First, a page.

Skip to main content
Humanities Libertexts

14.3: Citation

[ "article:topic", "authorname:akinonen" ]
  • Page ID
    6314
  • ef7cd6c9e908ab4845e71a4f90d830cea.png

    Figure \(\PageIndex{1}\) - Photo by Pixabay

    Introduction

    Any time you use in your paper information from someone else that you paraphrase, summarize, or quote from another source, you must give the author or the publication proper credit. Failure to do so is considered plagiarism.

    Plagiarism can be avoided by using 1) parenthetical citations (aka in-text citations) within the text of your paper or essay and by including 2) a list of your sources at the end of your paper or essay. In MLA, this list of sources is titled Works Cited, and in APA, the list is titled References. Both items, parenthetical citations and list of sources at the end of your paper, are necessary in order to properly give credit to your source and avoid plagiarism.

    The specific details of how to cite sources are prescribed in various citation styles. One of the most common writing systems in the educational systems is the Modern Language Association (MLA) style of writing. Most students learn first how to write using the MLA format in elementary school. Another very common writing system frequently used by the social sciences is the American Psychological Association (APA) format.

    Citing Outside Sources In-Text

    Your in-text citations should correspond to the first item listed in your list of sources which is usually the author’s last name. For example, if the in-text citation looks like this:

    Example \(\PageIndex{1}\): MLA parenthetical citation

    In a 1949 visit to members of Congress, Hemingway repeatedly reported of the natural beauty that would be destroyed by exploring for oil in Alaska (Booth 216).

    Then by going to the Works Cited page and looking down the list of sources, the name “Booth” should start the citation. For example,

    Example \(\PageIndex{2}\): MLA Works Cited page

    Works Cited

    Booth, Fredrick. The Effect of Hemingway on Alaska. Hartford: Wilmington UP, 1998.

    Aim to provide as much necessary information as possible in your citations. For example, if the text has no identifiable author, then the Works Cited citation will begin with the article title, and the parenthetical citation will include the first word(s) of the article title in the same format as it appears in the Works Cited (quotation marks, italics, etc.).

    Parenthetical Citations

    Parenthetical Citations serve to inform your reader of where you found the data or quotation you are providing to them. Generally, in MLA, if you are citing more than one source, you should include the author’s or editor’s name and the page number in your parenthetical citation. For example: (Jones 127). If you are only using a single source which is already identified elsewhere in the text, simply use the page number.

    MLA Parenthetical/In-Text Citation Examples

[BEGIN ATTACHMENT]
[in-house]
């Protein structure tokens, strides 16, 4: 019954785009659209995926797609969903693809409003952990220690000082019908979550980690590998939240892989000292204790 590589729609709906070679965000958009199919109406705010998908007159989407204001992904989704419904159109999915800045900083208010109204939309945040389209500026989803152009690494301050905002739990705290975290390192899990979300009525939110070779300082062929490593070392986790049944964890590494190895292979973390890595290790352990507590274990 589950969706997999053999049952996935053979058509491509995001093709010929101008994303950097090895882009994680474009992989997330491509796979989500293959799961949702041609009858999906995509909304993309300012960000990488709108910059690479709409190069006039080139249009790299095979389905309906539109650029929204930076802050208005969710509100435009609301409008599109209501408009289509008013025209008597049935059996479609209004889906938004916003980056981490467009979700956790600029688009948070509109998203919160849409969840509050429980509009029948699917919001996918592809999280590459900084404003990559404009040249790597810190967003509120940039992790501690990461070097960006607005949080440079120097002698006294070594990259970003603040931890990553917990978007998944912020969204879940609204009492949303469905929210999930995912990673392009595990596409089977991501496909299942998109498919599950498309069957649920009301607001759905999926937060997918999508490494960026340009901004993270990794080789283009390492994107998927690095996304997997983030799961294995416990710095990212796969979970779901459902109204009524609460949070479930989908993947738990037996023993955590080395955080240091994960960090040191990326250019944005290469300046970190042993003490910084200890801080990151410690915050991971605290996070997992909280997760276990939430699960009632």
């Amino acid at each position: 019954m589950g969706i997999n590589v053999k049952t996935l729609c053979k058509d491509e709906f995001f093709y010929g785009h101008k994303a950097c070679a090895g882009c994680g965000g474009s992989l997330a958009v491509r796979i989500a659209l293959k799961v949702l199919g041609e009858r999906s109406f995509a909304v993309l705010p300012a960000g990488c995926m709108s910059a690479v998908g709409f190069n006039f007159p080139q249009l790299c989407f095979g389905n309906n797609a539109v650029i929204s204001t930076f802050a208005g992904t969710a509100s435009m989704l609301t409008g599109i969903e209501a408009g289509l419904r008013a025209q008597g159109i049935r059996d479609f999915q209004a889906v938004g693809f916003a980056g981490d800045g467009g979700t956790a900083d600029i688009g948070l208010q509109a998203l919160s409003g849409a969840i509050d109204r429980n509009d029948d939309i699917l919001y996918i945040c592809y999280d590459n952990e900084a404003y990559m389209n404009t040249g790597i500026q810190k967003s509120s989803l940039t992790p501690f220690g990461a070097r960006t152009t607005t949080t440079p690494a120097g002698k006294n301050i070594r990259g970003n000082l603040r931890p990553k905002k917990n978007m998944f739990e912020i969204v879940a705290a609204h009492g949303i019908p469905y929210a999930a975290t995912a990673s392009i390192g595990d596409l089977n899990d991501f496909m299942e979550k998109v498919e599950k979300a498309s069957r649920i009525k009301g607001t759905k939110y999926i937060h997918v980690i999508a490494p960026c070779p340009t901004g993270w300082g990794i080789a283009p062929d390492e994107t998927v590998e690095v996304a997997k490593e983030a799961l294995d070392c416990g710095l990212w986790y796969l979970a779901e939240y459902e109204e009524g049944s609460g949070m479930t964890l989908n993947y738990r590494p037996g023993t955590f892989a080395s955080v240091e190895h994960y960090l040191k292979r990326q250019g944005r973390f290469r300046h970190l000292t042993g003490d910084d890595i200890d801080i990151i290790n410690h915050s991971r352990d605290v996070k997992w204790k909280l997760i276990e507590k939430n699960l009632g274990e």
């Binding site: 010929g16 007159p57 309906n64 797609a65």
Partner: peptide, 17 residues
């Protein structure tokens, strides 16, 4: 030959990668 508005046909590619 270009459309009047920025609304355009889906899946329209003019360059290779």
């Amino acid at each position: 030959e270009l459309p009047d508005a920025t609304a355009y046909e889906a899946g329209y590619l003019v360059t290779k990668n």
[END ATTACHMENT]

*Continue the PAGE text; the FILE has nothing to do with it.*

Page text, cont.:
Example \(\PageIndex{3}\): 

    Hemingway’s arguments against oil drilling in Alaska continued to intensify in his later life. In a 1949 visit to members of Congress, Hemingway repeatedly reported of the natural beauty that would be destroyed by exploring for oil in Alaska (Booth 216). Later that year, Hemingway went on to request, and to be granted, an audience with the President where he shared a multitude of research against drilling (Goodview 98). Hemingway, along with countless other supporters, continued to call upon legislators from both sides of the aisle until the idea of Alaskan oil exploration was naught, or so they thought. “It is a victory for all the inhabitants of the earth that the State of Alaska’s natural beauty, wonder, and habitat will remain unharmed by human greed so that our children and grandchildren and generations after them will be able to catch a glimpse of an unspoiled planet” (Chandler 143). The idea of an unspoiled planet was, unfortunately, relatively short lived.

    You may also mention the author’s name within the text rather than in a parenthetical citation.

    Example \(\PageIndex{4}\):

    Hemingway’s arguments against oil drilling in Alaska continued to intensify in his later life. According to Booth, in a 1949 visit to members of Congress, Hemingway repeatedly reported of the natural beauty that would be destroyed by exploring for oil in Alaska (216). Goodview reports that later that year Hemingway went on to request, and to be granted, an audience with the President where he shared a multitude of research against drilling (98).

    If a source has two to three authors, mention all the names within the text, or in a parenthetical citation, separated by “and.”

    Example \(\PageIndex{5}\):

    Hemingway’s arguments against oil drilling in Alaska continued to intensify in his later life. According to Booth and Goodview, in a 1949 visit to members of Congress, Hemingway repeatedly reported of the natural beauty that would be destroyed by exploring for oil in Alaska (216). Later that year Hemingway went on to request, and to be granted, an audience with the President where he shared a multitude of research against drilling (Goodview, Chandler, and Smith 98).